Nurse practice act (NPA) is the law that delineates the legal scope of practice of nurses. Nurse practice acts vary state by state. During IV infusion therapy, RNs, LPNs and LVNs must comply with the rules and regulations of the board of nursing. Some states have specific guidelines for infusion therapy education, training and competency validation called as IV Therapy Certification for LPNs. Most jurisdictions allow “IV Certified” LPNs to insert and infuse through short peripheral catheters, but not through a central vascular catheter / central line.
If you need to review your scope of practice, visit your Board of Nursing website. Also, https://www.ncsbn.org/npa.htm will direct you to the state board of nursing website where you can locate the NPA via the State Statute or code. The rules/regulations are found in the sections or chapters of the state administrative code.
This 2-day IV therapy training program teaches to insert, use, maintain and manage short peripheral IV catheters. RNs and LPNs with little or no experience in IV infusion therapy should attend this hands-on IV infusion therapy training. This meets the mandate set forth by most state boards of nursing for intravenous therapy certification for LPNs and LVNs.
Who should attend the IV Therapy Certificate Program?
- Licensed practical nurses (LPNs) and licensed vocational nurses requiring “IV infusion therapy certification”
- Registered nurses (RNs) with little or no experience in intravenous therapy
- New graduates before or after taking the national council licensing (NCLX) examination and preparing to enter the nursing practice
- Nursing students starting clinicals
Day-1, 8:30 am – 4:30 PM
- Describe purpose and methods of infusion therapy
- Review legal implications and delegation of IV therapy to LPNs/LVNs
- Review fluids and electrolytes as it applies to IV infusion therapy
- Infection prevention guidelines as it applies to Peripheral IV Therapy
- IV drip calculations and overview of flow control devices
- Preventing oversights during IV infusion therapy
- pH and osmolarity of infusates irritant and vesicant medications
- Differences between midline, PICC line, non-tunneled, tunneled, and implanted central vascular access device CVADs
- Vascular access device selection criteria for IV infusion theapy
- Management of patients receiving IV infusions of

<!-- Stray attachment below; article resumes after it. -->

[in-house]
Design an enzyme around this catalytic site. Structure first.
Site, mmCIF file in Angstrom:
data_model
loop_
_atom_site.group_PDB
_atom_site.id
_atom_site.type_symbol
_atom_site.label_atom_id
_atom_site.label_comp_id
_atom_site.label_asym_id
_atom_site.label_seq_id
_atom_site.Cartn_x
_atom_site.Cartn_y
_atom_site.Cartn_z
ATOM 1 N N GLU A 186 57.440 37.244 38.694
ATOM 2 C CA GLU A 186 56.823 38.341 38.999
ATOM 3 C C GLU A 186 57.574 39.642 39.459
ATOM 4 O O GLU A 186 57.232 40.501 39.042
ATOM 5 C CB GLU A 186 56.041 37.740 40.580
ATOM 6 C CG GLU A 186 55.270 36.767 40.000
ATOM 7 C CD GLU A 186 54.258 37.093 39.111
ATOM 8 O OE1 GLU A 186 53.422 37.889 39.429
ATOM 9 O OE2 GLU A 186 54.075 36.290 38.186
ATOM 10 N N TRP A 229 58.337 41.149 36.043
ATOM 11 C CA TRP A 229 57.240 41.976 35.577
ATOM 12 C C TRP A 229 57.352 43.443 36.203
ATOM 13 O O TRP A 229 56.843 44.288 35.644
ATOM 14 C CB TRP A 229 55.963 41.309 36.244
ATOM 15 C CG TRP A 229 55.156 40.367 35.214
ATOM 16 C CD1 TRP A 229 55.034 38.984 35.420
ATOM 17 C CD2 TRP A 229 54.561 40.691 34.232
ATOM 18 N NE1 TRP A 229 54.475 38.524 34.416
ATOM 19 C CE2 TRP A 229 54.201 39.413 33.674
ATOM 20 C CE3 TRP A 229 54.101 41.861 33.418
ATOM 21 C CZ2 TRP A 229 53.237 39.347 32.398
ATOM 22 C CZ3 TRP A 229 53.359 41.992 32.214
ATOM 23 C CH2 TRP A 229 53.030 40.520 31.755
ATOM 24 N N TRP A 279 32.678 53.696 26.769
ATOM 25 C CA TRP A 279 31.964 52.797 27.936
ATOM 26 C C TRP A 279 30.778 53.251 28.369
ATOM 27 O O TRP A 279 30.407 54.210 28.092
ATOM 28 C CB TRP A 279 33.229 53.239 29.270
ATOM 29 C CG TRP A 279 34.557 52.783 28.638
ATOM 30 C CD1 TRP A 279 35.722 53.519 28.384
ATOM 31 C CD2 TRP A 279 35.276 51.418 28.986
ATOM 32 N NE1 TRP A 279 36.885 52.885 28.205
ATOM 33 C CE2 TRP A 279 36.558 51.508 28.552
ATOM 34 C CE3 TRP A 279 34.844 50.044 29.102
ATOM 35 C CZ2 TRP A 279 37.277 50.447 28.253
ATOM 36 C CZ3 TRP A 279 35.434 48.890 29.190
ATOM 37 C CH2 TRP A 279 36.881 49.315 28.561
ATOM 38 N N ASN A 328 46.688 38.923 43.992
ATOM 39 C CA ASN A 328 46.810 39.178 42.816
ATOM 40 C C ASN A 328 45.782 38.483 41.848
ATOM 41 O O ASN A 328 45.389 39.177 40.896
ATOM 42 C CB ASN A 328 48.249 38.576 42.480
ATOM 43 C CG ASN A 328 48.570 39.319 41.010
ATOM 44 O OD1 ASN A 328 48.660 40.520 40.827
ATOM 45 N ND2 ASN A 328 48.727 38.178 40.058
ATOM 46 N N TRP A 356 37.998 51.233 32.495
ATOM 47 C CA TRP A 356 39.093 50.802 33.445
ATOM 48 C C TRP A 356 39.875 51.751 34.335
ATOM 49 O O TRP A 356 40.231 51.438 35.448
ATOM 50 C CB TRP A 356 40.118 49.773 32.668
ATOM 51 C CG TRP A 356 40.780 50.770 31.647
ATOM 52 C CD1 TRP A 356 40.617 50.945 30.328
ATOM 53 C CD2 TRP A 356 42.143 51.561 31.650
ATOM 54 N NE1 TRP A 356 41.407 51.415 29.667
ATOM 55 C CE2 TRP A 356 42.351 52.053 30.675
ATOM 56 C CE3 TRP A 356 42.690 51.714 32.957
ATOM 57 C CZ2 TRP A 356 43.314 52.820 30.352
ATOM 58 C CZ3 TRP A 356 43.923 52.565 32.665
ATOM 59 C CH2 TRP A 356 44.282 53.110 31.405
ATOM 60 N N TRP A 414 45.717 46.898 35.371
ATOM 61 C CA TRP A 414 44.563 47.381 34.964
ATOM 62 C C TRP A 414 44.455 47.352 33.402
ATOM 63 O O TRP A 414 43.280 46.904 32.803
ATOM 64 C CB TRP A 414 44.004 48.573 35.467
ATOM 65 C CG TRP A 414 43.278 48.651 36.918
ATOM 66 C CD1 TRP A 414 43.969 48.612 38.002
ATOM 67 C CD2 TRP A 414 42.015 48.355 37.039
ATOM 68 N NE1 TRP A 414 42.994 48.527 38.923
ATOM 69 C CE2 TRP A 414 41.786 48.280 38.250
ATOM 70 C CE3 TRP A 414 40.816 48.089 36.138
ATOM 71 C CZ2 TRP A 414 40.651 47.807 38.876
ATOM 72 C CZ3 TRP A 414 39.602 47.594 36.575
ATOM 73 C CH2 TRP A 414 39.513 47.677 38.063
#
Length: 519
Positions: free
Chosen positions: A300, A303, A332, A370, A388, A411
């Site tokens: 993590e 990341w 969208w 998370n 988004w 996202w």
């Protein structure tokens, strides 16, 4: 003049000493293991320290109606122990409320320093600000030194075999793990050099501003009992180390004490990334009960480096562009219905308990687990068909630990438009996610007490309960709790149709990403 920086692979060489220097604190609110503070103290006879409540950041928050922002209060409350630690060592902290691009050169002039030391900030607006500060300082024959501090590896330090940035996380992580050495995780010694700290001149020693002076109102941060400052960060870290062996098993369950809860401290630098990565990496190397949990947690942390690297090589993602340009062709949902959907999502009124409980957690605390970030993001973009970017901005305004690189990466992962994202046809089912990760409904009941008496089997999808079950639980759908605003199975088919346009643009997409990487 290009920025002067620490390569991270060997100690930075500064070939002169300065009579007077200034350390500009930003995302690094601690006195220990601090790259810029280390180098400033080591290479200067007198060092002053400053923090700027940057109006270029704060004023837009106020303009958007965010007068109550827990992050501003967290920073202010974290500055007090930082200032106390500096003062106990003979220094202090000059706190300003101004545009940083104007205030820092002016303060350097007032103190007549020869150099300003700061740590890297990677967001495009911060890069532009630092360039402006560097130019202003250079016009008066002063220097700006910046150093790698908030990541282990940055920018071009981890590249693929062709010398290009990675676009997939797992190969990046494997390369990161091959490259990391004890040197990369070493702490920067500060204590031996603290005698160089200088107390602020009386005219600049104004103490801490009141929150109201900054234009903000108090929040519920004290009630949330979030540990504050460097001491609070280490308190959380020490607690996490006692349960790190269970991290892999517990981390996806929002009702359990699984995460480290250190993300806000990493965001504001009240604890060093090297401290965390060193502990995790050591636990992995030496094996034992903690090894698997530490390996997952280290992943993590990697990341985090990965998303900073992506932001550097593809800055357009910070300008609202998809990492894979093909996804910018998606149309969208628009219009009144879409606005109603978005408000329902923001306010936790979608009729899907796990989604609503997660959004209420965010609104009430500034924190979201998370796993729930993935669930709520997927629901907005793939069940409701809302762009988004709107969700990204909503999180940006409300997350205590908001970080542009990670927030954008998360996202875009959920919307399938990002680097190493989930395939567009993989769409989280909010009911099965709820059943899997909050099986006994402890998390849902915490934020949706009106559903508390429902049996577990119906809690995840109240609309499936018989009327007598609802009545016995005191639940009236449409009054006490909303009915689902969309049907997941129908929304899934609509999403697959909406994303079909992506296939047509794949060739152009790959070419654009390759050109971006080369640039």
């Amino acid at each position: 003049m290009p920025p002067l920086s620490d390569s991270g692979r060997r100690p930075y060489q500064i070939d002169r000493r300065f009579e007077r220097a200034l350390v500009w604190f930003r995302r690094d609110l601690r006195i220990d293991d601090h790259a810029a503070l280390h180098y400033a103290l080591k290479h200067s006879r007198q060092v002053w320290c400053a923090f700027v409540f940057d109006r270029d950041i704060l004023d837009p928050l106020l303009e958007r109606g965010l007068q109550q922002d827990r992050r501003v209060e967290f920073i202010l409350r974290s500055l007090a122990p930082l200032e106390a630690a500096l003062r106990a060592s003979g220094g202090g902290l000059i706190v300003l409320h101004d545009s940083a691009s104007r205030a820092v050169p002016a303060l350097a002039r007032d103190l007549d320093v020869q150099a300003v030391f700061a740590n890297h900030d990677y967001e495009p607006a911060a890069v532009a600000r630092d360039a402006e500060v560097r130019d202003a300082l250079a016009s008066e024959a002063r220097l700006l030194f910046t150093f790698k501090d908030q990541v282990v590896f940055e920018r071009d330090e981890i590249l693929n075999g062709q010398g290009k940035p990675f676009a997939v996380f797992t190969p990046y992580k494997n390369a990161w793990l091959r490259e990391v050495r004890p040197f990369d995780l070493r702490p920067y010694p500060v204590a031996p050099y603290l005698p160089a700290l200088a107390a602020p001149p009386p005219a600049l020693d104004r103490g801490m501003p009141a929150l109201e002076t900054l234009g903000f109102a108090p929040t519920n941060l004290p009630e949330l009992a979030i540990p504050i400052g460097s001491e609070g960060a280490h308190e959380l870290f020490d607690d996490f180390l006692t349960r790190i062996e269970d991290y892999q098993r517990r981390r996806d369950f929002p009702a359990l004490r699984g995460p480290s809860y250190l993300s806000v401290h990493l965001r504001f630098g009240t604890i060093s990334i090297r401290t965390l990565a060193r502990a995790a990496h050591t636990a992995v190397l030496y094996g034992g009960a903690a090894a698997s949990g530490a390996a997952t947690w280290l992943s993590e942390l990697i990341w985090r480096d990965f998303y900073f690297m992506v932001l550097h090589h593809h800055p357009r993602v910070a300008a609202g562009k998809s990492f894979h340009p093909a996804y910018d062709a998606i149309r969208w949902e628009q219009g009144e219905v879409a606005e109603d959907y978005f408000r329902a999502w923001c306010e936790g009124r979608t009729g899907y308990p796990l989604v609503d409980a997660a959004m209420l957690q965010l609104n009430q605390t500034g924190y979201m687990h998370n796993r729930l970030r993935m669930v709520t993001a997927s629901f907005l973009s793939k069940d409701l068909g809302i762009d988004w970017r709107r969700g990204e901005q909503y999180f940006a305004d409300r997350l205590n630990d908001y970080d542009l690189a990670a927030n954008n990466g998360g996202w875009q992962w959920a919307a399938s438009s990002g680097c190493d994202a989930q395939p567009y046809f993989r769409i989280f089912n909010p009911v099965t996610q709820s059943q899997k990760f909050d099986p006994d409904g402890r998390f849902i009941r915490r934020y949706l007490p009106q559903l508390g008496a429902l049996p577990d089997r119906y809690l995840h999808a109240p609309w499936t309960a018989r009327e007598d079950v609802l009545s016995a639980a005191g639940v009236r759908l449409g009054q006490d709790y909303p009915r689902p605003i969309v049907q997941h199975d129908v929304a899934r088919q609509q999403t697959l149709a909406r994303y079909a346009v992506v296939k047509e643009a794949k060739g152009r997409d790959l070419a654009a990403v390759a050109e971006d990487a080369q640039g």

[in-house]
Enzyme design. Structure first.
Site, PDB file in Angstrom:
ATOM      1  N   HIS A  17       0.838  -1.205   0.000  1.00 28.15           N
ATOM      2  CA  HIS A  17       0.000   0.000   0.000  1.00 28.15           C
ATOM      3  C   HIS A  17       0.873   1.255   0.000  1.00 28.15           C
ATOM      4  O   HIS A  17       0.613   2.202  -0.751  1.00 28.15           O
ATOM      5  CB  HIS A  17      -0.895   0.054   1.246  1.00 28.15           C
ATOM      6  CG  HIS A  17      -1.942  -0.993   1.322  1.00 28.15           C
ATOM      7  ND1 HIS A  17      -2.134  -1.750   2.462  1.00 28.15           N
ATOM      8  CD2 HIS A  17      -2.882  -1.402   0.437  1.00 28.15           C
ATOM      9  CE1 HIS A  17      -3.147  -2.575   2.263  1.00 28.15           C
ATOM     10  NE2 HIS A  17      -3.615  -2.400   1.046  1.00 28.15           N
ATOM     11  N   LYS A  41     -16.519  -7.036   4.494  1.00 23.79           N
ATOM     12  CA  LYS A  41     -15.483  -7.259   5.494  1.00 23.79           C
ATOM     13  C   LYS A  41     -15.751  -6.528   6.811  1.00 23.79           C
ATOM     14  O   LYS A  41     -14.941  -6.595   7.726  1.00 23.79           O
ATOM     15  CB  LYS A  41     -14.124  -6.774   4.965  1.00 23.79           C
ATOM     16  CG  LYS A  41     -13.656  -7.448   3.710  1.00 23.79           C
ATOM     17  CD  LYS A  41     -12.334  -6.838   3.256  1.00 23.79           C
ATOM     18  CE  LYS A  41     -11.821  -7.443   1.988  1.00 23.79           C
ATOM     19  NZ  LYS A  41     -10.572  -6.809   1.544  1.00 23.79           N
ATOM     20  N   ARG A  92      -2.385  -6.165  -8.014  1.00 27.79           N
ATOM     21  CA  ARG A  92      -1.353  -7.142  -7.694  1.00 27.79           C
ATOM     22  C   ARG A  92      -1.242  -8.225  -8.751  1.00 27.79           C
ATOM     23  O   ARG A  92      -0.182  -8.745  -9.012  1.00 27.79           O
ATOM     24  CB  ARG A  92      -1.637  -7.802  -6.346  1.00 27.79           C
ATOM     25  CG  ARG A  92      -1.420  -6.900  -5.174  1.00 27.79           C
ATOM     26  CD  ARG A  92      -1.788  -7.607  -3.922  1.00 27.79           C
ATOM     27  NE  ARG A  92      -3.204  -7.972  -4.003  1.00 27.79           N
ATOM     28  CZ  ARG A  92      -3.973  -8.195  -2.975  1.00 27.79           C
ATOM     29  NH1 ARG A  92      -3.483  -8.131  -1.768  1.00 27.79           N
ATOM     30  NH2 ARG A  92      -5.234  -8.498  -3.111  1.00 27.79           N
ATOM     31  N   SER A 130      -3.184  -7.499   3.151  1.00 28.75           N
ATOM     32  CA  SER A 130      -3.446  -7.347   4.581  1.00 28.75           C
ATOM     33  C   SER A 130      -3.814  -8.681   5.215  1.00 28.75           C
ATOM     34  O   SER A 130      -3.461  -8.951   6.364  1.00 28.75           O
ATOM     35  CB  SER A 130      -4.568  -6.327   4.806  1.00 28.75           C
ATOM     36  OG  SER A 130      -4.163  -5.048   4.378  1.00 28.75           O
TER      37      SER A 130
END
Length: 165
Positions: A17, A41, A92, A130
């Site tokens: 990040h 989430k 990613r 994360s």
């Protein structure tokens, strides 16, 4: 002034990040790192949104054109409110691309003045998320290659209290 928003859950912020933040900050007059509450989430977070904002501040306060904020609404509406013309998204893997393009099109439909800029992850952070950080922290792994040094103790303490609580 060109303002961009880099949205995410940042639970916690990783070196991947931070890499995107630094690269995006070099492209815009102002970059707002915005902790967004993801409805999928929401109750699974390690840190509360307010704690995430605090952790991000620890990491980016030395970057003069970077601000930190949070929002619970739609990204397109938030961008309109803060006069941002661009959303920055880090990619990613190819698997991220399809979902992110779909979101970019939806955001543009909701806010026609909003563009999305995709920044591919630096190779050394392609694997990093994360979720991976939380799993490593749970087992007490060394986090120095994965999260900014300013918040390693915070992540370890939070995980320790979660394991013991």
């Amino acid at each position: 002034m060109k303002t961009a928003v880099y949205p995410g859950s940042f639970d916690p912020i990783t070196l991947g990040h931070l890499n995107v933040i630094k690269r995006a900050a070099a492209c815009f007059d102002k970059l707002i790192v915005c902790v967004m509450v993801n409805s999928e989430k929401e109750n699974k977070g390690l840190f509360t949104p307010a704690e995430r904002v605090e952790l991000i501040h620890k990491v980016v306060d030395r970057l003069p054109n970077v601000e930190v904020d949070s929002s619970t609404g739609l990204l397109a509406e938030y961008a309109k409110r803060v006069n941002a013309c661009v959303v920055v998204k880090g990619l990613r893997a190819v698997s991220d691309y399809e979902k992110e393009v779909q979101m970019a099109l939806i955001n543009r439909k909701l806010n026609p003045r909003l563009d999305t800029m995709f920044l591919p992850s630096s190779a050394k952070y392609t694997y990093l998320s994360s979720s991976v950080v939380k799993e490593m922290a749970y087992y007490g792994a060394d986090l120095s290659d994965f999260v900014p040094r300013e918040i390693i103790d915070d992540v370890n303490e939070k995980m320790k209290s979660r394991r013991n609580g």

IV antibiotic, antiviral, and antifungal infusions
Parenteral nutrition administration
High alert and inotropic medications
Cytotoxic infusion therapies
Biologics and immunotherapies
Day-2, 8:30 am – 4:30 PM
- Equipment selection and initiating peripheral IV therapy
- Setting up primary infusin and secondary lines, converting a continuous IV infusion to a saline lock
- Venous anatomy and PIV catheter insertion site selection criteria
- Methods to palpate and locate deep and healthy veins
- Venipuncture, peripheral catheter insertion and troubleshooting technique
- Nursing measures to prevent and manage PIV therapy complications
- Routine care and maintenance of peripheral infusion therapy
- Short peripheral catheter removal guidelines
- Documentation guidelines
Demonstration and practice session: Attendees palpate, locate, and identify veins on each other, and then practice PIV catheter insertion and troubleshooting techniques on an advanced venipuncture training aid, under the supervision of an experienced IV preceptor.
Post-test: Passing score 80%
Certificate of Completion and Competency Validation
Upon successful completion of the IV therapy class, attendees receive a certificate of completion and a competency validation form. Competency validation is done at your place of employment according to the institution’s policy and procedures.
Use, Care and Maintenance of Central Vascular Access Devices / central line catheters
- Recommended for all RNs.
- LPNs working in jurisdictions with a scope of practice allowing LPNs to infuse through central vascular catheters should attend this program
Generally, RN scope of practices allow RNs to use, maintain and manage all types of central vascular access devices often referred as central venous catheters or central lines. Following the 2-day program, all RNs, and LPNs working in jurisdictions with a scope of practice that allowing LPNs to infuse through central venous catheters should attend the 3rd day class: use, Care and Maintenance of central vascular access devices.
- Registered Nurses (RNs)
- LPNs working in jurisdictions with a scope of practice that allowing LPNs to infuse through central vascular catheters / central lines
Program out line:
Differences between midline, PICC, non-tunneled, tunneled, and implanted central vascular access device CVADs
Discuss measures to prevent catheter related blood stream infections (CLABSI)
Prevention, early detection and management of CVAD related complications
Explanation, illustration, demonstration and practice sessions of CVAD
- Flushing and locking protocols
- Site care and dressing change
- Accessing and de-accessing implanted venous ports
- Blood specimen collection through CVADs
- Prevention and management of thrombotic occlusions
- De-clotting clotted CVADs with Cathflo Activase (tPA)
- Removing PICC and non-tunneled CVCs
- Documentation Guidelines
Following demonstration, attendees get an opportunity to practice above procedures related to CVADs